1. Japanese Temple Buddhism

    There have been many studies that focus on aspects of the history of Japanese Buddhism. Until now, none have addressed important questions of organization and practice in contemporary Buddhism, questions such as how Japanese Buddhism came to seen as a religion of funeral practices; how Buddhist institutions envision the role of the laity; and how a married clergy has affected life at temples and the image of priests. This volume is the first to address fully contemporary Buddhist life and institutions - topics often overlooked in the conflict between the rhetoric of renunciation and the practices of clerical marriage and householding that characterize much of Buddhism in today’s Japan. Informed by years of field research and his own experiences training to be a Tendai priest, Stephen Covell skillfully refutes this "corruption paradigm" while revealing the many (often contradictory) facets of contemporary institutional Buddhism, or as Covell terms it, Temple Buddhism.

  2. Did Dogen Go to China?

    Dogen (1200-1253), the founder of the Soto Zen sect in Japan, is especially known for introducing to Japanese Buddhism many of the texts and practices that he discovered in China. Heine reconstructs the context of Dogen's travels to and reflections on China by means of a critical look at traditional sources both by and about Dogen in light of recent Japanese scholarship. While many studies emphasize the unique features of Dogen's Japanese influences, this book calls attention to the way Chinese and Japanese elements were fused in Dogen's religious vision.

  3. The Shobogenzo

    The Shobogenzo is a collection of writings by the First Japanese Soto Zen Buddhist Ancestor, Great Master Eihei Dogen, based primarily on formal Dharma talks which he gave to his disciples at various times between 1233 and his death twenty years later at age fifty-three.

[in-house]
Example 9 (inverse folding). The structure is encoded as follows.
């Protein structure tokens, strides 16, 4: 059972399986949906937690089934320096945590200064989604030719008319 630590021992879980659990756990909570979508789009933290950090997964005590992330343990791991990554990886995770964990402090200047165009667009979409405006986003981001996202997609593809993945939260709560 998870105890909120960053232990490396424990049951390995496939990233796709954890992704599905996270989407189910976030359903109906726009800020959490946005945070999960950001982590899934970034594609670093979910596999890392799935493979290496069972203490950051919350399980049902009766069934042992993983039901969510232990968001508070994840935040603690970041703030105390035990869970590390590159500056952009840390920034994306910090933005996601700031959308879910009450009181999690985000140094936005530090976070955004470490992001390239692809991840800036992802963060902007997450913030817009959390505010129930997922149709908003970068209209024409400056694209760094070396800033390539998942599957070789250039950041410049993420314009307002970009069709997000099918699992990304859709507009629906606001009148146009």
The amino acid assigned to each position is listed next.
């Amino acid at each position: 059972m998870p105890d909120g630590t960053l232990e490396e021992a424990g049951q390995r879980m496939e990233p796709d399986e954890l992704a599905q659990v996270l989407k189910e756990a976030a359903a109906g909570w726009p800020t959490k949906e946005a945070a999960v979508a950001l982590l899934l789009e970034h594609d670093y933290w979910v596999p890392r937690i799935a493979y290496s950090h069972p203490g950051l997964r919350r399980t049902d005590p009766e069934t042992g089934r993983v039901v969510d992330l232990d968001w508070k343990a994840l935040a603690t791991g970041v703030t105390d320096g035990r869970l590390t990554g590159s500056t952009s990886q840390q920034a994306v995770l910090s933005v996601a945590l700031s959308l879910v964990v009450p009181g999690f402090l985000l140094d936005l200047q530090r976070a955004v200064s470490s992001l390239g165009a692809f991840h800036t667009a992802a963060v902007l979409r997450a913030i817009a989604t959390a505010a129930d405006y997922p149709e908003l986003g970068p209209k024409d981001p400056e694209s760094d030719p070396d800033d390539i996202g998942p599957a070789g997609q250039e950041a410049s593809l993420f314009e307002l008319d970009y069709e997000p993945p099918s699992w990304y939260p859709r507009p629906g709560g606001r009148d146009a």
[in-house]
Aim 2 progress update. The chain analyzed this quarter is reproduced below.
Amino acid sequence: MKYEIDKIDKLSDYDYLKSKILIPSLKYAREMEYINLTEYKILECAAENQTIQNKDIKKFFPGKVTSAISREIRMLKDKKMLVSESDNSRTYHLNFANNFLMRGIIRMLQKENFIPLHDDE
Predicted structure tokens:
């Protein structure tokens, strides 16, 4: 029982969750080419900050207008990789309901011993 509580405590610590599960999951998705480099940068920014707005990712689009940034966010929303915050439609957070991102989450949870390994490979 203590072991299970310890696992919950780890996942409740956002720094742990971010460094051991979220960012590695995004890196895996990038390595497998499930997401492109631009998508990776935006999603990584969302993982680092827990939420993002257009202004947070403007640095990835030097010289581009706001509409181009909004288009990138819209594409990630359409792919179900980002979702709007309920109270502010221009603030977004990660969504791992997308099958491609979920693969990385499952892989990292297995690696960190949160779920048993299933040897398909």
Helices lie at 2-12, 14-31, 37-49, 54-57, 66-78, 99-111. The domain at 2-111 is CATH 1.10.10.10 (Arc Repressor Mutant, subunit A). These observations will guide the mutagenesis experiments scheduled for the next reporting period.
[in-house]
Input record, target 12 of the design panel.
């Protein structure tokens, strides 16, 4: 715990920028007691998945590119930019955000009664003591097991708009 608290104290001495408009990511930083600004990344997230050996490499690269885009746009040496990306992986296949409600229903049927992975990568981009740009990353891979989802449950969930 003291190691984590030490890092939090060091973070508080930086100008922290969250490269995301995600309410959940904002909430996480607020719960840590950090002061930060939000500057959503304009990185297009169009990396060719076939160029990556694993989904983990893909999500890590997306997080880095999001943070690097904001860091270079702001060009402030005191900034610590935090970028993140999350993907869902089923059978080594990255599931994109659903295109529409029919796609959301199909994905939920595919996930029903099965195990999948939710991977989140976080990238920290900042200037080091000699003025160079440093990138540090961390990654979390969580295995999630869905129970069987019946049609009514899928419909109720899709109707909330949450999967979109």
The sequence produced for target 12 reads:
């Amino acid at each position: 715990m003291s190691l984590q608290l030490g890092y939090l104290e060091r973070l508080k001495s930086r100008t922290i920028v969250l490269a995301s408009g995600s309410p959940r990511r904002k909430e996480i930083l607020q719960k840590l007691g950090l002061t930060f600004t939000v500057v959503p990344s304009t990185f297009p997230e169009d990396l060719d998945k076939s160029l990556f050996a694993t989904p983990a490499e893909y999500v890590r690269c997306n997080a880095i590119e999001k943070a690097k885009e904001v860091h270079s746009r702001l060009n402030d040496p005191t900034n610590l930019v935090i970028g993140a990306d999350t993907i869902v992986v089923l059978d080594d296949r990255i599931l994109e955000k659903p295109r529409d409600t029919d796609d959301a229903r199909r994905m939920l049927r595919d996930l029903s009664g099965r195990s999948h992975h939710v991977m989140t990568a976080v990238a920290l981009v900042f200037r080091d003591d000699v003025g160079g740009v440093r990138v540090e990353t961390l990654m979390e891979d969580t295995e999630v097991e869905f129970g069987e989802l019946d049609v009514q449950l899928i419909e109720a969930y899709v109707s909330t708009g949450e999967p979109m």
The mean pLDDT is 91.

4. Secrets of the Lotus

    Within the context of contemporary Western Buddhism, Secrets of the Lotus provides a unique collection of materials on Buddhist meditation. It it includes translations of and commentaries on foundational meditation texts in the Theravada and Japanese Zen traditions:

    • The Satipatthana Sutta, the Vimuttimagga, the Zazen-gi with Mumon Yamada Roshi's teisho, and Hakuin's commentary on the Heart Sutra

    • A discussion of zazen within the Rinzai tradition by a contemporary Zen Priest (the Rev. Eshin Nishimura);

  5. History Zen Buddhism

    Unparalleled in scope and detail, this classic history of Zen covers all important ideas and developments in the tradition from its beginnings in India through the Sung period in China. It includes chapters on Sakyamuni, the Yogic Element in Buddhism, the relationship between Mayahana and Zen, the Sutra of the Sixth Patriarch, the course of Zen after Hui-Neng, and "the true human of no rank" in the teachings of Lin-Chi. Dumoulin’s work stands as a monumental study against which all other histories of Zen must be measured.